This undated photo shows Christopher Brazell. After his death at age 8, his heart was given to 4-year-old Jon Hochstein, who recently graduated from Harvard Medical School.
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This undated photo shows Jon Hochstein in a hospital bed at Salt Lake City’s Primary Children’s Hospital. Hochstein, at age 4, received a donated heart from Christopher Brazell, who was killed by a speeding truck in Wendover.
This undated photo shows Jon Hochstein and family graduating from Harvard Medical School. Hochstein, at age 4, received a donated heart from Christopher Brazell, who was killed by a speeding truck in Wendover.
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This collage of photos shows moments from the life of Jon Hochstein, who was given a heart at the age of 4.
SALT LAKE CITY — Twenty-three years ago, Elisabeth Brazell was walking the corridors of Intermountain Primary Children’s Hospital, trying to cope with the loss of her 8-year-old son Christopher, when she saw two little feet hanging out of a blanket in the pediatric ward. care unit.
After asking a nurse what was wrong with the little patient, she was told that the 4-year-old boy named Jon Hochstein was waiting for a heart donor. His condition, dilated cardiomyopathy, was so serious that he was placed on a ventilator.
“Right now you are just overwhelmed with the loss of your brother and son,” Christopher’s sister, April Hough, said at a news conference on Wednesday. “But when my mom saw Jon, she thought if Christopher’s death could help anyone else, we should do it.”
Christopher was hit by a speeding truck while walking in a school zone in Wendover. His injuries were too numerous and too serious to survive. His mother initially decided she didn’t want to donate his organs, but when she saw Jon, she changed her mind. The family donated his heart to Jon and his liver and kidneys to other children in need of a transplant.
Because his heart swelled in his chest cavity, there happened to be enough room for Christopher’s heart to fit perfectly.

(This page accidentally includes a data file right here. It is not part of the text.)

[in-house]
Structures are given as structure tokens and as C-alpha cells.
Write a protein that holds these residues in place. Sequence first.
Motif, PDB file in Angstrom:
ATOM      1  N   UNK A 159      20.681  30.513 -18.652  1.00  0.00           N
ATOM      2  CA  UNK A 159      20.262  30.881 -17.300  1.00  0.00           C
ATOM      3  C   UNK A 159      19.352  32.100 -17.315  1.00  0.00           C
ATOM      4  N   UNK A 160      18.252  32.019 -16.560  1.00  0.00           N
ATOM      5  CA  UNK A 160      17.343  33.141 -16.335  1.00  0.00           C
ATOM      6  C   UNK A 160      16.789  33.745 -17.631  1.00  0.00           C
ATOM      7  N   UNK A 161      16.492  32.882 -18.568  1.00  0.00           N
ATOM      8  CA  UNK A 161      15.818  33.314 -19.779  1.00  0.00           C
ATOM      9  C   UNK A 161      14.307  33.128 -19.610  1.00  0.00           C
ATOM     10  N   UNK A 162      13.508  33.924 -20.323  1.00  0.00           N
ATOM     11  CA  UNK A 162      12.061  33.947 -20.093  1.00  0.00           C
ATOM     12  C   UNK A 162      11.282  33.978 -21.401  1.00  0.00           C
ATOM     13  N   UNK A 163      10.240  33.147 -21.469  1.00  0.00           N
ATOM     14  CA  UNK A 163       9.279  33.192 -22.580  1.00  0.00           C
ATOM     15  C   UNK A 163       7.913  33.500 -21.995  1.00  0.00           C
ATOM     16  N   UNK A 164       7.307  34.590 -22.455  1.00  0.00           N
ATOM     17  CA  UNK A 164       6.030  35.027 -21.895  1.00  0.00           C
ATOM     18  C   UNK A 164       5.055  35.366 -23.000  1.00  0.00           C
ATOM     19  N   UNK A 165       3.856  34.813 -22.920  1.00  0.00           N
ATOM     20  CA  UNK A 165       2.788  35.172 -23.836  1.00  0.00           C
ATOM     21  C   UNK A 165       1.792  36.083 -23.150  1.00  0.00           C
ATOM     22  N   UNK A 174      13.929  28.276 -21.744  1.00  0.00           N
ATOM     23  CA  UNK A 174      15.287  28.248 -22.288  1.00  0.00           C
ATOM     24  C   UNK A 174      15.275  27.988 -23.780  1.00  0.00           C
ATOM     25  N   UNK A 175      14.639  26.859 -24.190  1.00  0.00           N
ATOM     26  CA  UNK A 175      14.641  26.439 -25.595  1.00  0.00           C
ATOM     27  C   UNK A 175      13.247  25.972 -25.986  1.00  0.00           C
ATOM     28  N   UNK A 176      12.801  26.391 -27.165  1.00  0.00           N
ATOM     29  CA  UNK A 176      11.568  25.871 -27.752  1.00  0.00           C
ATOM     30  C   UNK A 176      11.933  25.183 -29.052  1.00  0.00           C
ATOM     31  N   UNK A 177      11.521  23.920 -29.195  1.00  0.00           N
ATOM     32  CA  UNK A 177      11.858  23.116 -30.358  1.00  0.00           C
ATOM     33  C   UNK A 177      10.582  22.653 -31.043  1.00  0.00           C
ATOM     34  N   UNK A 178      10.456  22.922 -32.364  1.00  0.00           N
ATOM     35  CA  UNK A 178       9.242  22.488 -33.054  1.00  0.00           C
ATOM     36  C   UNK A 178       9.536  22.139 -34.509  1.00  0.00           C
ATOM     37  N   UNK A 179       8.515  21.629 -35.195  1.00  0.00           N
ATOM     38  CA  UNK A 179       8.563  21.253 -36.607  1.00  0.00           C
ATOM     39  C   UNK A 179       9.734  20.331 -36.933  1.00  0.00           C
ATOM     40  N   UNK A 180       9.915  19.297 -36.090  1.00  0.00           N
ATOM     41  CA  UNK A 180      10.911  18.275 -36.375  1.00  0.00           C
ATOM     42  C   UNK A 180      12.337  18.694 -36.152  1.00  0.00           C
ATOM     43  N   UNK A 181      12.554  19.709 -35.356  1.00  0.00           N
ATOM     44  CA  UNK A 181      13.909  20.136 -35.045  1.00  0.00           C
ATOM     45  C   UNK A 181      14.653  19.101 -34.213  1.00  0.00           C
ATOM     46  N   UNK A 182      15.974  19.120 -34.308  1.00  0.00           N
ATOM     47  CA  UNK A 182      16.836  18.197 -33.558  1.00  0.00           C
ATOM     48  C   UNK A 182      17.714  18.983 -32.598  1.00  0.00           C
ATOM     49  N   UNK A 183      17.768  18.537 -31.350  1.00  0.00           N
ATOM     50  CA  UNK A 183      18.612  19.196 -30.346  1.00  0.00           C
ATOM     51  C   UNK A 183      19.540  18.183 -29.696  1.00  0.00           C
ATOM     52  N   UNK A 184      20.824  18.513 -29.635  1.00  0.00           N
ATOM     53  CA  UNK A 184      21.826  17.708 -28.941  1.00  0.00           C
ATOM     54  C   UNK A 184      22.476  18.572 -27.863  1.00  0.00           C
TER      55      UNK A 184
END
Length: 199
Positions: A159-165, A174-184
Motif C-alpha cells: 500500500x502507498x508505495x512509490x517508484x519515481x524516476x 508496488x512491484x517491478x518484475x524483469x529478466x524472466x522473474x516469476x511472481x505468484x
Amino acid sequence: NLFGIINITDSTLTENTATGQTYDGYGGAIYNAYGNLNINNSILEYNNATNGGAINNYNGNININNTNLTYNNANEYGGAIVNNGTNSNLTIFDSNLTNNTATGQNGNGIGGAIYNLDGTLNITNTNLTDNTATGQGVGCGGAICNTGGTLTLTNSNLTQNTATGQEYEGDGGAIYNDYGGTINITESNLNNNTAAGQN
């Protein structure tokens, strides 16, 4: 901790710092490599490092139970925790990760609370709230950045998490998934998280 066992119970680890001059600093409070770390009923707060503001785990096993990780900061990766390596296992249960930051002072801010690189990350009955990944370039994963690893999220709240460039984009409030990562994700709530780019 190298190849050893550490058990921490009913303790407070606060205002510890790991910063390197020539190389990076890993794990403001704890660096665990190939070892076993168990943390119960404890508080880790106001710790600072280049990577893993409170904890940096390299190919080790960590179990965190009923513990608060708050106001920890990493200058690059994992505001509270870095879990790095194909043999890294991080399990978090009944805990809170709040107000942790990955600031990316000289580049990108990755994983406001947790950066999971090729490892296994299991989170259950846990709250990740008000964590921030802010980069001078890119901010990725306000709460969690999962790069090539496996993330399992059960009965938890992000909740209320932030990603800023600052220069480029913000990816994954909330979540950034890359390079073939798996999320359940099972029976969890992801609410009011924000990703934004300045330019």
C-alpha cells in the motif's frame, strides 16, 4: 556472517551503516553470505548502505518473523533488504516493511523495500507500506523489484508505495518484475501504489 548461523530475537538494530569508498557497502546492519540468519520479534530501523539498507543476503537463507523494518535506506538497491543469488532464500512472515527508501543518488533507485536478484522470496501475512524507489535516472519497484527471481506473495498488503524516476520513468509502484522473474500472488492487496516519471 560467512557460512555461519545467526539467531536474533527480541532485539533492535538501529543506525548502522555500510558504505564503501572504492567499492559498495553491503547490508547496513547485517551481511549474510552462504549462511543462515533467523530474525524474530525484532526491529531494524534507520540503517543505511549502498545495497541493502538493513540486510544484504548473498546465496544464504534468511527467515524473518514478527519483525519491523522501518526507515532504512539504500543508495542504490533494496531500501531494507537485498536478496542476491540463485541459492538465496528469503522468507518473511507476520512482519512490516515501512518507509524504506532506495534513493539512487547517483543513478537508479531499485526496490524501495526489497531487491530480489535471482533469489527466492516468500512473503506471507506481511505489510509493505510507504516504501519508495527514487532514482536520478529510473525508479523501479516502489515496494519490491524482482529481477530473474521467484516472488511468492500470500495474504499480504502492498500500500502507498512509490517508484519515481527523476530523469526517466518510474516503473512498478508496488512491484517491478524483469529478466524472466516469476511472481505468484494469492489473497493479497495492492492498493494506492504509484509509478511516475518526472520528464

“Unlike adults, children normally need to get an organ from someone about the same age and size as them,” says Rose Linsler, a nurse practitioner who was Jon’s bedside nurse. “After looking at everything Jon had been through, we just needed this last thing to work. He was just this cute curly-headed little boy who lived in the children’s ICU and everyone loved and adored him.”
After receiving Christopher’s heart, Hochstein made a full recovery. However, in 2003, he was diagnosed with Hodgkin lymphoma, a cancer that affected his immune system. After a year of treatment, his body began to reject his heart. Doctors quickly administered new immunosuppressants that helped him overcome the adversity.
Today, Hochstein, 27, is a graduate of Harvard Medical School and just beginning his residency at Boston Children’s Hospital. He wants to specialize in heart transplant care.
“I tell people I’ve wanted to be a doctor since I was 4 because of the Primary Children’s Hospital experience,” Hochstein said. “I didn’t understand what the doctors were doing. I just knew I wanted to grow up and help people the way they helped me.”
Two years ago, Hochstein and his family were first connected to Christopher’s family—and they could listen to his heartbeat.
“It was like running home from the playground again,” Hough said. “The loss of Christopher was earth shattering, but meeting Jon and his family was incredibly life changing. I don’t think I’ve ever met such a humble person in all my life. I take comfort in the knowledge that Christopher’s legacy will live on through Jon, who will help save other children.”